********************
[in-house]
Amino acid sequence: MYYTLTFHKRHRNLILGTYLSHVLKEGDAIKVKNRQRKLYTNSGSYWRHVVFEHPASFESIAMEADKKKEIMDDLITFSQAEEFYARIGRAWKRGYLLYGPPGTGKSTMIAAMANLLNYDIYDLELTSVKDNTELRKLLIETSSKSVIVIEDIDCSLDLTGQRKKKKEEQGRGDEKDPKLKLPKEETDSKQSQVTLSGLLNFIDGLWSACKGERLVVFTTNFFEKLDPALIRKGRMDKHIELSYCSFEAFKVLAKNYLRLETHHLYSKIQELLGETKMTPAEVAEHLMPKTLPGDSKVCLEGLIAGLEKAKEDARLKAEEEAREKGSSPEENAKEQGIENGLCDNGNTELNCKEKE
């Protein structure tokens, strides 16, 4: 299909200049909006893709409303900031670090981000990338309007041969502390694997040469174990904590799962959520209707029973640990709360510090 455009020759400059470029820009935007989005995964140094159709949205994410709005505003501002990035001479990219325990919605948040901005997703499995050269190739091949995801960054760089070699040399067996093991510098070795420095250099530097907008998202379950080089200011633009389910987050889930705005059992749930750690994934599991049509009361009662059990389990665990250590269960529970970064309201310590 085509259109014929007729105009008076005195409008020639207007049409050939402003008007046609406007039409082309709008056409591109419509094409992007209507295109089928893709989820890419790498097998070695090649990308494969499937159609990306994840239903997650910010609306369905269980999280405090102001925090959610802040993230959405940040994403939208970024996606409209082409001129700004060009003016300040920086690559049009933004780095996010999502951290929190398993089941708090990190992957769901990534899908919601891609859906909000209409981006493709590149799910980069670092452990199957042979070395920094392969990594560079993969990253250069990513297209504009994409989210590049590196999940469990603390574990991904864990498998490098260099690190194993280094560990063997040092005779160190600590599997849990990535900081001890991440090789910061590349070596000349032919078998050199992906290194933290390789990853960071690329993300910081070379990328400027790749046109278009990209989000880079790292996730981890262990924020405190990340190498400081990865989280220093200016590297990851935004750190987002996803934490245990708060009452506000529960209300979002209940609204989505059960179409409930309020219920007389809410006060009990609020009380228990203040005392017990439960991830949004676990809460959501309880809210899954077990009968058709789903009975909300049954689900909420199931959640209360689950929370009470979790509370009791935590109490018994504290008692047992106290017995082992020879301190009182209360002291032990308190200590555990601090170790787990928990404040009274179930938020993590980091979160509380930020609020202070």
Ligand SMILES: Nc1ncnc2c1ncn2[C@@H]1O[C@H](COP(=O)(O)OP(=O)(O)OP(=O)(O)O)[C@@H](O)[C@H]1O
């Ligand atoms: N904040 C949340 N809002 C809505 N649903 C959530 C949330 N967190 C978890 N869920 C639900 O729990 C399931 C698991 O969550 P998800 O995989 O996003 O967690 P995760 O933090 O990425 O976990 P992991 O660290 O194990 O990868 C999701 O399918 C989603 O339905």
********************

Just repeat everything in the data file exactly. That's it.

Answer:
[in-house]
Amino acid sequence: MYYTLTFHKRHRNLILGTYLSHVLKEGDAIKVKNRQRKLYTNSGSYWRHVVFEHPASFESIAMEADKKKEIMDDLITFSQAEEFYARIGRAWKRGYLLYGPPGTGKSTMIAAMANLLNYDIYDLELTSVKDNTELRKLLIETSSKSVIVIEDIDCSLDLTGQRKKKKEEQGRGDEKDPKLKLPKEETDSKQSQVTLSGLLNFIDGLWSACKGERLVVFTTNFFEKLDPALIRKGRMDKHIELSYCSFEAFKVLAKNYLRLETHHLYSKIQELLGETKMTPAEVAEHLMPKTLPGDSKVCLEGLIAGLEKAKEDARLKAEEEAREKGSSPEENAKEQGIENGLCDNGNTELNCKEKE
């Protein structure tokens, strides 16, 4: 299909200049909006893709409303900031670090981000990338309007041969502390694997040469174990904590799962959520209707029973640990709360510090 455009020759400059470029820009935007989005995964140094159709949205994410709005505003501002990035001479990219325990919605948040901005997703499995050269190739091949995801960054760089070699040399067996093991510098070795420095250099530097907008998202379950080089200011633009389910987050889930705005059992749930750690994934599991049509009361009662059990389990665990250590269960529970970064309201310590 085509259109014929007729105009008076005195409008020639207007049409050939402003008007046609406007039409082309709008056409591109419509094409992007209507295109089928893709989820890419790498097998070695090649990308494969499937159609990306994840239903997650910010609306369905269980999280405090102001925090959610802040993230959405940040994403939208970024996606409209082409001129700004060009003016300040920086690559049009933004780095996010999502951290929190398993089941708090990190992957769901990534899908919601891609859906909000209409981006493709590149799910980069670092452990199957042979070395920094392969990594560079993969990253250069990513297209504009994409989210590049590196999940469990603390574990991904864990498998490098260099690190194993280094560990063997040092005779160190600590599997849990990535900081001890991440090789910061590349070596000349032919078998050199992906290194933290390789990853960071690329993300910081070379990328400027790749046109278009990209989000880079790292996730981890262990924020405190990340190498400081990865989280220093200016590297990851935004750190987002996803934490245990708060009452506000529960209300979002209940609204989505059960179409409930309020219920007389809410006060009990609020009380228990203040005392017990439960991830949004676990809460959501309880809210899954077990009968058709789903009975909300049954689900909420199931959640209360689950929370009470979790509370009791935590109490018994504290008692047992106290017995082992020879301190009182209360002291032990308190200590555990601090170790787990928990404040009274179930938020993590980091979160509380930020609020202070």
Ligand SMILES: Nc1ncnc2c1ncn2[C@@H]1O[C@H](COP(=O)(O)OP(=O)(O)OP(=O)(O)O)[C@@H](O)[C@H]1O
């Ligand atoms: N904040 C949340 N809002 C809505 N649903 C959530 C949330 N967190 C978890 N869920 C639900 O729990 C399931 C698991 O969550 P998800 O995989 O996003 O967690 P995760 O933090 O990425 O976990 P992991 O660290 O194990 O990868 C999701 O399918 C989603 O339905």